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New York NY - The Rage Of A Privileged Class


To get some sense of where we are with the police in New York, it's worth reading every single word of this stunning story from the Times:

A three-year investigation into the police's habit of fixing traffic and parking tickets in the Bronx ended in the unsealing of indictments on Friday and a stunning display of vitriol by hundreds of off-duty officers, who converged on the courthouse to applaud their accused colleagues and denounce their prosecution.

As 16 police officers were arraigned at State Supreme Court in the Bronx, incensed colleagues organized by their union cursed and taunted prosecutors and investigators, chanting, "Down with the D.A." and "Ray Kelly, hypocrite." As the defendants emerged from their morning court appearance, a swarm of officers formed a cordon in the hallway and clapped as they picked their way to the elevators. Members of the news media were prevented by court officers from walking down the hallway where more than 100 off-duty police officers had gathered outside the courtroom. 

The assembled police officers blocked cameras from filming their colleagues, in one instance grabbing lenses and shoving television camera operators backward. The unsealed indictments contained more than 1,600 criminal counts, the bulk of them misdemeanors having to do with making tickets disappear as favors for friends, relatives and others with clout. 

But they also outlined more serious crimes, related both to ticket-fixing and drugs, grand larceny and unrelated corruption. Four of the officers were charged with helping a man get away with assault. Jose R. Ramos, an officer in the 40th Precinct whose suspicious behavior spawned the protracted investigation, was accused of two dozen crimes, including attempted robbery, attempted grand larceny, transporting what he thought was heroin for drug dealers and revealing the identity of a confidential informant. 

The case, troubling to many New Yorkers because of its implication that the police officers believed they deserved special treatment, is expected to have long tentacles. Scores of other officers accused of fixing tickets could face departmental charges. Some officers have already retired. Moreover, the indictments may jeopardize thousands of cases in which implicated officers are important witnesses and may be seen as untrustworthy by Bronx juries.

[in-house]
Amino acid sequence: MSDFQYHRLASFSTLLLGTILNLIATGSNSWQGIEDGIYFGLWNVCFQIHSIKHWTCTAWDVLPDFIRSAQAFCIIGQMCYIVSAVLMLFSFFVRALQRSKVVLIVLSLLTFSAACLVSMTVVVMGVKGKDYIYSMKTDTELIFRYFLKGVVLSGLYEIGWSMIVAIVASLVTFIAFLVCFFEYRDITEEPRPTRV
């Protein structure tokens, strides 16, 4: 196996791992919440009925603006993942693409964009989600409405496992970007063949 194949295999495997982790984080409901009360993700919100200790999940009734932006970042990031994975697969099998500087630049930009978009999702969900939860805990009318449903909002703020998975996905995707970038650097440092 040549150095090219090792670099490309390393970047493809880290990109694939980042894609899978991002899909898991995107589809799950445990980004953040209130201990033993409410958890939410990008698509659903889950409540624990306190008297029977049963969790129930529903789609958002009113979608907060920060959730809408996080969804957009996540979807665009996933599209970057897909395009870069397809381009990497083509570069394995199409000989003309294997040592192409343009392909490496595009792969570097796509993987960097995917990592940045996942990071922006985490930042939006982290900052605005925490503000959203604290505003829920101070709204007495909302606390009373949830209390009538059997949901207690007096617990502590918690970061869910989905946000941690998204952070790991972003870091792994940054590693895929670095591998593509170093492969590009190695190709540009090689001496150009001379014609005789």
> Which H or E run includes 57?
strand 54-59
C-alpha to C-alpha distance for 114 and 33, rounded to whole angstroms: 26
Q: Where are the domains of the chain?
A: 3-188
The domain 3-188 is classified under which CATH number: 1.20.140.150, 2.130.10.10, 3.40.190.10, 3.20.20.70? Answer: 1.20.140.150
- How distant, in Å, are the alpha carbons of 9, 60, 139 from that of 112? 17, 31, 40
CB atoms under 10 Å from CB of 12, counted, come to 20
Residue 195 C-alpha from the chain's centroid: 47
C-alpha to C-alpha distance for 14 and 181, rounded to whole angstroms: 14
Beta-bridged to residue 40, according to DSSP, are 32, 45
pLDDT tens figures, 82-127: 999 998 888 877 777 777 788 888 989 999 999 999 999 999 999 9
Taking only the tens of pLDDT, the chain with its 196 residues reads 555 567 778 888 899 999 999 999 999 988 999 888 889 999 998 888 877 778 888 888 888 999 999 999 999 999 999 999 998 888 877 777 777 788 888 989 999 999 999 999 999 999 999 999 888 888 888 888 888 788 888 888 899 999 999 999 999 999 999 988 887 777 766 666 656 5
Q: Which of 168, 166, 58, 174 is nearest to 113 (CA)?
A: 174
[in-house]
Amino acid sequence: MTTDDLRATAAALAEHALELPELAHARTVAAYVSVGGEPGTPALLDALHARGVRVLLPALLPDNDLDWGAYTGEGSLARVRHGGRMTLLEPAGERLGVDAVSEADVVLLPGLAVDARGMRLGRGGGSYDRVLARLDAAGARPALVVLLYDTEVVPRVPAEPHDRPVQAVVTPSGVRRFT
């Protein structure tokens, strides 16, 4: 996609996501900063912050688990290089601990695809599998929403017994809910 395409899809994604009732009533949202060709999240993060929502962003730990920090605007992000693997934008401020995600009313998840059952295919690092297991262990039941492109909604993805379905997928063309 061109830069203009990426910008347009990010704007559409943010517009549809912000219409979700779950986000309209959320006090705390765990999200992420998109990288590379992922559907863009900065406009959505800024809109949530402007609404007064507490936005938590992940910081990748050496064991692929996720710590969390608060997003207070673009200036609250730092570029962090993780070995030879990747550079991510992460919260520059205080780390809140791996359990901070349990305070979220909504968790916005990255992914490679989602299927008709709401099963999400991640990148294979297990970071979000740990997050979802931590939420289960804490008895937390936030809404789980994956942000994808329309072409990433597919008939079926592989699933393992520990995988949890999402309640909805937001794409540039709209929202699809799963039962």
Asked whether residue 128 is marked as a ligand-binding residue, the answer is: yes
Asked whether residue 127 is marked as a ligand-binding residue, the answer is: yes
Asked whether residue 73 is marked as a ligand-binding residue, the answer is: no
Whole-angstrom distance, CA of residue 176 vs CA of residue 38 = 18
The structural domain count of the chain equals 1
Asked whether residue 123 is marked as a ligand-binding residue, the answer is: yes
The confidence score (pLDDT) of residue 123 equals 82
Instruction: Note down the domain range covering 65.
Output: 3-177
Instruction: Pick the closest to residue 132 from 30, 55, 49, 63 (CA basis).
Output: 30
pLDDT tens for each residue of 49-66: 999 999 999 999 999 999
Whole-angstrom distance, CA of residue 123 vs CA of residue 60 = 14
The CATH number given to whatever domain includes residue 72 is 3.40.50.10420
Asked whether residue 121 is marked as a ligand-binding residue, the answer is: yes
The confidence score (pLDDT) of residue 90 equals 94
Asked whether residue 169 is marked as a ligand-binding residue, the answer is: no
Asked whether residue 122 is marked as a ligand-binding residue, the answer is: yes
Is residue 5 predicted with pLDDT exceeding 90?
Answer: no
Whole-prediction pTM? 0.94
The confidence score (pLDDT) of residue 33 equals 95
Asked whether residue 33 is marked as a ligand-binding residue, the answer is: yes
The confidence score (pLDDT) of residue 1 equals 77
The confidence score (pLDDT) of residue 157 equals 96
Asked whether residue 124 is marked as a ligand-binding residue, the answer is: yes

Read the whole story down to the rather stunning end...

On Friday morning, on the street outside the courthouse, some 350 officers massed behind barricades and brandished signs expressing sentiments like "It's a Courtesy Not a Crime." 

When the defendants emerged, many in the crowd burst into raucous cheers. Once they had gone and the tide of officers had dispersed, the street was littered with refuse.'s a shocking look at a privileged class. Privileged we have awarded them. 

MORE: This a department with one officer presently accused of rape, (again) and another caught on the radio saying falsified reports after falsely arresting and imprisoning a black man, bragging that he "fried another nigger."

There are a number of issues here.

First, the off duty cops who shoved the camera people should be arrested for assault.     The NYPD should have had enough on duty uniformed people to control the off duty idiots and as the NYPD has deployed cameras during the OWS protests they should have deployed cameras here.
Second, part of the rage is based on the fact of the hypocrisy of it all and Kelly in particular.  Ticket fixing has been an accepted part of the NYPD culture for generations.      Kelly had to know this.     This goes beyond some cop flashing his badge to get out of a traffic ticket.   I understand that.     Cops actually provide their friends and family with little "tokens" which identify them as friends or family of cops and "deserving" of a break.   This is even worse because it is nullifying tickets AFTER the fact.
Third, the current Superintendent(Chief) of the Chicago Police Department, Garry McCarthy, is a former high ranking NYPD official.   
In 2005 he had an altercation with New Jersey cops who had the temerity to give his daughter a ticket.

He later tried to get the agency that issued his daughter the ticket and arrested him shut down.       The arrogance is breathtaking.
I'm about as reasonably pro cop as one can be.   I felt the BART shooting was an instance of a scared cop screwing up and I said that in this forum as was roundly attacked for it.
During my glorious magnificent military service I had a weapon in a holster and a badge on my chest.    Not the same as civilian policing, but it gave me a wee bit of an idea what they put up with.    Thankfully, military police in peacetime have a much easier job generally than civilian cops.      I considered a civilian police career in Chicago, but when I got out of college they weren't hiring and after my second stint in the military I decided on a different path.     I became a golf caddy to the rich and famous.    The Dalai Lama promised me total consciousness on my deathbed.    So I have that going for me.
I generally think most cops are decent people trying to do a difficult job.   That being said there is a significant percentage of cops, say 20 percent, who should not be cops.   
Many of the problems in policing come down to leadership at the highest levels.     My impression of the NYPD under Kelly is not good.    Right now NYC has a Mayor who seems to almost be a monarchist and a Police Commissioner who seems to believe in a quasi police state.    
It's  unfortunate because with their size and high profile the NYPD could be a beacon of change to help policing improve generally.

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